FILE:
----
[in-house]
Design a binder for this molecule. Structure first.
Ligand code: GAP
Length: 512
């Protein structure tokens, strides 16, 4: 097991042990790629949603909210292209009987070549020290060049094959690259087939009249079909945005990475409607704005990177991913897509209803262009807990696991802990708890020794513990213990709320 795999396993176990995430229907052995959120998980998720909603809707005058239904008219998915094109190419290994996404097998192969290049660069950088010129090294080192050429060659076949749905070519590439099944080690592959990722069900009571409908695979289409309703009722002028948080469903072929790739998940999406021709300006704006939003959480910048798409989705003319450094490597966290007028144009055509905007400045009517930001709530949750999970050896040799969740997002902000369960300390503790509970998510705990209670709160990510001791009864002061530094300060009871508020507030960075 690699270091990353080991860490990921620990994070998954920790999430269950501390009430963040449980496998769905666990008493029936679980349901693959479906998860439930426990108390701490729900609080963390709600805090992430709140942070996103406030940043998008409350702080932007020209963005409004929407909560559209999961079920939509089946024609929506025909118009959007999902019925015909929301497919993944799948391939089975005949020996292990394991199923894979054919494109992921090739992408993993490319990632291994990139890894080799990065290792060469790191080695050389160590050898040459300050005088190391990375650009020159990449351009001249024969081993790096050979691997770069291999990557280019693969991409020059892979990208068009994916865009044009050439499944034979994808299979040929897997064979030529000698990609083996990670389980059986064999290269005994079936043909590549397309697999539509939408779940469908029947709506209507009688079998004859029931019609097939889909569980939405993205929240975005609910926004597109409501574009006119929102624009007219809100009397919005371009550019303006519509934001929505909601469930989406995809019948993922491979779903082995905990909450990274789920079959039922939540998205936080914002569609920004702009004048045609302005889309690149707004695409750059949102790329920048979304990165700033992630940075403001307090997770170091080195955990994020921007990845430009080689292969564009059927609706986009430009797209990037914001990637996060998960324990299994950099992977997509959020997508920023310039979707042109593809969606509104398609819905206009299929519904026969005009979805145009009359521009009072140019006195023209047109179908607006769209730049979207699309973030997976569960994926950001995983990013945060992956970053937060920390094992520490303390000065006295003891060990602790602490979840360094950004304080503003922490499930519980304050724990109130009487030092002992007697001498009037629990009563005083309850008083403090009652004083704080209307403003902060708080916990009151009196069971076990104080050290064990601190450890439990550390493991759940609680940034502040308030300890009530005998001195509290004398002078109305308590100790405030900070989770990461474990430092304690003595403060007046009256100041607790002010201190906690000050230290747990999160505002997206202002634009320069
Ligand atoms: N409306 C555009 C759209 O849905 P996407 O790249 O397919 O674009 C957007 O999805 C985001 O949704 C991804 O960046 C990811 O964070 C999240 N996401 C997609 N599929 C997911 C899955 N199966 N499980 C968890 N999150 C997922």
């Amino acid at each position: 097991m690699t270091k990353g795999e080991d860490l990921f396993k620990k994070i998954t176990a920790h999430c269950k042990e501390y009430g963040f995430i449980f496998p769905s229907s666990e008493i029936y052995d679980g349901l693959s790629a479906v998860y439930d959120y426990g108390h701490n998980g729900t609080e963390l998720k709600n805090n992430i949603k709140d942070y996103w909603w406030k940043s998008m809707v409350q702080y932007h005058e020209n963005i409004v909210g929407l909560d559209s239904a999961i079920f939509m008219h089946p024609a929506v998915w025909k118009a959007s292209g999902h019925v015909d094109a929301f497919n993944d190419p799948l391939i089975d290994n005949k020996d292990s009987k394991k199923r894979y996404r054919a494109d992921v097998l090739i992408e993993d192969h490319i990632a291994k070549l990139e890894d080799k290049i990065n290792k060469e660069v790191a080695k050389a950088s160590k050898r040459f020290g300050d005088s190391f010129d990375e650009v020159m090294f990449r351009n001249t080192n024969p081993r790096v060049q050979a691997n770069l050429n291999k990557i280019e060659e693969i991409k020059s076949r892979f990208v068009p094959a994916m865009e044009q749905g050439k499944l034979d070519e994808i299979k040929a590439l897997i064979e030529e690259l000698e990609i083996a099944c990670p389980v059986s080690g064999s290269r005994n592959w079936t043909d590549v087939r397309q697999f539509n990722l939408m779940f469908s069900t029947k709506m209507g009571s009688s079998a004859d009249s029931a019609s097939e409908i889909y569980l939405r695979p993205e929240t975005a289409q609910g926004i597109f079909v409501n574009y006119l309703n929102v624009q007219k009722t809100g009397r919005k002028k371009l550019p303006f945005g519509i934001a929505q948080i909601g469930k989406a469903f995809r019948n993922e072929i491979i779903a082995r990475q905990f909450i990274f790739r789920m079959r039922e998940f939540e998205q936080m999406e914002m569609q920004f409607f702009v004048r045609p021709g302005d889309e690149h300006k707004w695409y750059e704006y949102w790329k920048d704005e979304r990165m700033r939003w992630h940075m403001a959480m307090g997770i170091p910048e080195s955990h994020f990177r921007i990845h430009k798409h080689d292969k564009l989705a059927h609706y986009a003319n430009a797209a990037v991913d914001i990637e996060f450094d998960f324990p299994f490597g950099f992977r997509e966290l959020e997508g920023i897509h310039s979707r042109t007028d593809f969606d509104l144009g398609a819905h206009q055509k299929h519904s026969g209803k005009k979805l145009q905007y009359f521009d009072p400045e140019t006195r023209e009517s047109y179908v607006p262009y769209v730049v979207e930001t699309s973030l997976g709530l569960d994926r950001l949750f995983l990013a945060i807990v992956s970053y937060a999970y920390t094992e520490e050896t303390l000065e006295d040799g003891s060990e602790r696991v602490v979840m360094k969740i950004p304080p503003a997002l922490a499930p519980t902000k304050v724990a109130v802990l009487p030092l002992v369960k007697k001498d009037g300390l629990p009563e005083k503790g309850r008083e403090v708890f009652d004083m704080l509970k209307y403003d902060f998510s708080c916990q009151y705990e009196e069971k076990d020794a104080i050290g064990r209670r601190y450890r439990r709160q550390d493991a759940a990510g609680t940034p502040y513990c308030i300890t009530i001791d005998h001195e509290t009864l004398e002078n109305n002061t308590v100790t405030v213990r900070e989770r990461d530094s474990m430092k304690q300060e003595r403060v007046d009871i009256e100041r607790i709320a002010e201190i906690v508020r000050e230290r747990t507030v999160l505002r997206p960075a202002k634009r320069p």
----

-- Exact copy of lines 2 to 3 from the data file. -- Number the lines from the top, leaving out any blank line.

Design a binder for this molecule. Structure first.
Ligand code: GAP